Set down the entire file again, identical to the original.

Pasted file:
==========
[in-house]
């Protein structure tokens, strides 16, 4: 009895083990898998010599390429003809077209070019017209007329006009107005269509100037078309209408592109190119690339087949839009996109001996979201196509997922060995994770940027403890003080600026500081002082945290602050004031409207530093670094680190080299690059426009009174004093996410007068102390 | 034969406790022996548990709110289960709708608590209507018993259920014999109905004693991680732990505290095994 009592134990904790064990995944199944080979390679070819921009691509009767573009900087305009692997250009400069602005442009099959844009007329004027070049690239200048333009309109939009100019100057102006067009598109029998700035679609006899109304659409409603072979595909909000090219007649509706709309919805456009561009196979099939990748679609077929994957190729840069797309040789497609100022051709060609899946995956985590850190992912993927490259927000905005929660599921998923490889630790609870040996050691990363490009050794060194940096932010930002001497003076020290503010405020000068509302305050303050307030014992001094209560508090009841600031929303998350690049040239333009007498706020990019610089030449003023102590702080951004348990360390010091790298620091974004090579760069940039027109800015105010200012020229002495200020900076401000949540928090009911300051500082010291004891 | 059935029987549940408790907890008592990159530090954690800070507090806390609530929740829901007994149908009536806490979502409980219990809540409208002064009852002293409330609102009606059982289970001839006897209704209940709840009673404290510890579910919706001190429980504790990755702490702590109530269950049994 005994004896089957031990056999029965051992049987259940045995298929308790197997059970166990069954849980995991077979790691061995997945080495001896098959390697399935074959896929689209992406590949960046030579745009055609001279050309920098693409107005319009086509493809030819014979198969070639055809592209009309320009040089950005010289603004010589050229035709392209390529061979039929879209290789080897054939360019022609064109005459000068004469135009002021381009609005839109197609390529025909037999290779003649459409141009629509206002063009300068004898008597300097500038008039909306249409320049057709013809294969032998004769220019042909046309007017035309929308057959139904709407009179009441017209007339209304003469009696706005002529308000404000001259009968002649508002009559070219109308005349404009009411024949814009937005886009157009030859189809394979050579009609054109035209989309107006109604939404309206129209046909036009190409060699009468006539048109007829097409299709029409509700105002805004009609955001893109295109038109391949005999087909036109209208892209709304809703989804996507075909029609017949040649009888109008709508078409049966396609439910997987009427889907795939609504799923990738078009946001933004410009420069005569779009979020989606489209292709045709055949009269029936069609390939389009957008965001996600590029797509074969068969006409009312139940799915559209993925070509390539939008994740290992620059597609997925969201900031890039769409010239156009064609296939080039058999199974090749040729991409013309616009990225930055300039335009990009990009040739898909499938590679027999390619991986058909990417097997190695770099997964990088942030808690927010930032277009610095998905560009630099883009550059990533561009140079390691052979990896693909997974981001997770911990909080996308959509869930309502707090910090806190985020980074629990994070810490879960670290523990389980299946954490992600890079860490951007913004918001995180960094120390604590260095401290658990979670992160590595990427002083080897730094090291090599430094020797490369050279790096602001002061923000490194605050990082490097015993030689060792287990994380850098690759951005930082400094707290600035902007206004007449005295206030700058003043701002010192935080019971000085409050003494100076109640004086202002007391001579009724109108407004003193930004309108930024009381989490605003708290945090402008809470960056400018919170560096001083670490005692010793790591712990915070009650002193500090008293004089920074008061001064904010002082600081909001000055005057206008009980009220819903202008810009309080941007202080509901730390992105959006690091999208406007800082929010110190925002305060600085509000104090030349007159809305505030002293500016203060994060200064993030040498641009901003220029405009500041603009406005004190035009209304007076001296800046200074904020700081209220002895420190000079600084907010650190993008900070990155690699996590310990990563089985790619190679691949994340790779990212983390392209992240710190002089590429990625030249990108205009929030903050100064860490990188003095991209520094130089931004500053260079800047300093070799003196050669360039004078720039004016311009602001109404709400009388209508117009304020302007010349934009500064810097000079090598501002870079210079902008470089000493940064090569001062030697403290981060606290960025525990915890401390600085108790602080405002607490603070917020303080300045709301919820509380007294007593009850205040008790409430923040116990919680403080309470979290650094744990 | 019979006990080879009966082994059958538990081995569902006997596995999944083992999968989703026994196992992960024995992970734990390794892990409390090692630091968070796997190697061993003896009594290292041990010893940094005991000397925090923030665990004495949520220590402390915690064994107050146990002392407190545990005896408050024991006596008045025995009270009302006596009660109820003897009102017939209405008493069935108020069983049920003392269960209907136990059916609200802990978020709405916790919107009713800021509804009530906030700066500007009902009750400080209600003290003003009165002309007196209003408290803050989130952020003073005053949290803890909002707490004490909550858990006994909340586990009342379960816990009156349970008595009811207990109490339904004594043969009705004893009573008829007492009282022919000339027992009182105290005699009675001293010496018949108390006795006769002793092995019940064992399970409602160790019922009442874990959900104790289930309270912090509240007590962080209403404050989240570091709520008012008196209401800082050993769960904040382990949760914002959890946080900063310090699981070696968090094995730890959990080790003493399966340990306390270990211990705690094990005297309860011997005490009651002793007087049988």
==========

[in-house]
């Protein structure tokens, strides 16, 4: 009895083990898998010599390429003809077209070019017209007329006009107005269509100037078309209408592109190119690339087949839009996109001996979201196509997922060995994770940027403890003080600026500081002082945290602050004031409207530093670094680190080299690059426009009174004093996410007068102390 | 034969406790022996548990709110289960709708608590209507018993259920014999109905004693991680732990505290095994 009592134990904790064990995944199944080979390679070819921009691509009767573009900087305009692997250009400069602005442009099959844009007329004027070049690239200048333009309109939009100019100057102006067009598109029998700035679609006899109304659409409603072979595909909000090219007649509706709309919805456009561009196979099939990748679609077929994957190729840069797309040789497609100022051709060609899946995956985590850190992912993927490259927000905005929660599921998923490889630790609870040996050691990363490009050794060194940096932010930002001497003076020290503010405020000068509302305050303050307030014992001094209560508090009841600031929303998350690049040239333009007498706020990019610089030449003023102590702080951004348990360390010091790298620091974004090579760069940039027109800015105010200012020229002495200020900076401000949540928090009911300051500082010291004891 | 059935029987549940408790907890008592990159530090954690800070507090806390609530929740829901007994149908009536806490979502409980219990809540409208002064009852002293409330609102009606059982289970001839006897209704209940709840009673404290510890579910919706001190429980504790990755702490702590109530269950049994 005994004896089957031990056999029965051992049987259940045995298929308790197997059970166990069954849980995991077979790691061995997945080495001896098959390697399935074959896929689209992406590949960046030579745009055609001279050309920098693409107005319009086509493809030819014979198969070639055809592209009309320009040089950005010289603004010589050229035709392209390529061979039929879209290789080897054939360019022609064109005459000068004469135009002021381009609005839109197609390529025909037999290779003649459409141009629509206002063009300068004898008597300097500038008039909306249409320049057709013809294969032998004769220019042909046309007017035309929308057959139904709407009179009441017209007339209304003469009696706005002529308000404000001259009968002649508002009559070219109308005349404009009411024949814009937005886009157009030859189809394979050579009609054109035209989309107006109604939404309206129209046909036009190409060699009468006539048109007829097409299709029409509700105002805004009609955001893109295109038109391949005999087909036109209208892209709304809703989804996507075909029609017949040649009888109008709508078409049966396609439910997987009427889907795939609504799923990738078009946001933004410009420069005569779009979020989606489209292709045709055949009269029936069609390939389009957008965001996600590029797509074969068969006409009312139940799915559209993925070509390539939008994740290992620059597609997925969201900031890039769409010239156009064609296939080039058999199974090749040729991409013309616009990225930055300039335009990009990009040739898909499938590679027999390619991986058909990417097997190695770099997964990088942030808690927010930032277009610095998905560009630099883009550059990533561009140079390691052979990896693909997974981001997770911990909080996308959509869930309502707090910090806190985020980074629990994070810490879960670290523990389980299946954490992600890079860490951007913004918001995180960094120390604590260095401290658990979670992160590595990427002083080897730094090291090599430094020797490369050279790096602001002061923000490194605050990082490097015993030689060792287990994380850098690759951005930082400094707290600035902007206004007449005295206030700058003043701002010192935080019971000085409050003494100076109640004086202002007391001579009724109108407004003193930004309108930024009381989490605003708290945090402008809470960056400018919170560096001083670490005692010793790591712990915070009650002193500090008293004089920074008061001064904010002082600081909001000055005057206008009980009220819903202008810009309080941007202080509901730390992105959006690091999208406007800082929010110190925002305060600085509000104090030349007159809305505030002293500016203060994060200064993030040498641009901003220029405009500041603009406005004190035009209304007076001296800046200074904020700081209220002895420190000079600084907010650190993008900070990155690699996590310990990563089985790619190679691949994340790779990212983390392209992240710190002089590429990625030249990108205009929030903050100064860490990188003095991209520094130089931004500053260079800047300093070799003196050669360039004078720039004016311009602001109404709400009388209508117009304020302007010349934009500064810097000079090598501002870079210079902008470089000493940064090569001062030697403290981060606290960025525990915890401390600085108790602080405002607490603070917020303080300045709301919820509380007294007593009850205040008790409430923040116990919680403080309470979290650094744990 | 019979006990080879009966082994059958538990081995569902006997596995999944083992999968989703026994196992992960024995992970734990390794892990409390090692630091968070796997190697061993003896009594290292041990010893940094005991000397925090923030665990004495949520220590402390915690064994107050146990002392407190545990005896408050024991006596008045025995009270009302006596009660109820003897009102017939209405008493069935108020069983049920003392269960209907136990059916609200802990978020709405916790919107009713800021509804009530906030700066500007009902009750400080209600003290003003009165002309007196209003408290803050989130952020003073005053949290803890909002707490004490909550858990006994909340586990009342379960816990009156349970008595009811207990109490339904004594043969009705004893009573008829007492009282022919000339027992009182105290005699009675001293010496018949108390006795006769002793092995019940064992399970409602160790019922009442874990959900104790289930309270912090509240007590962080209403404050989240570091709520008012008196209401800082050993769960904040382990949760914002959890946080900063310090699981070696968090094995730890959990080790003493399966340990306390270990211990705690094990005297309860011997005490009651002793007087049988």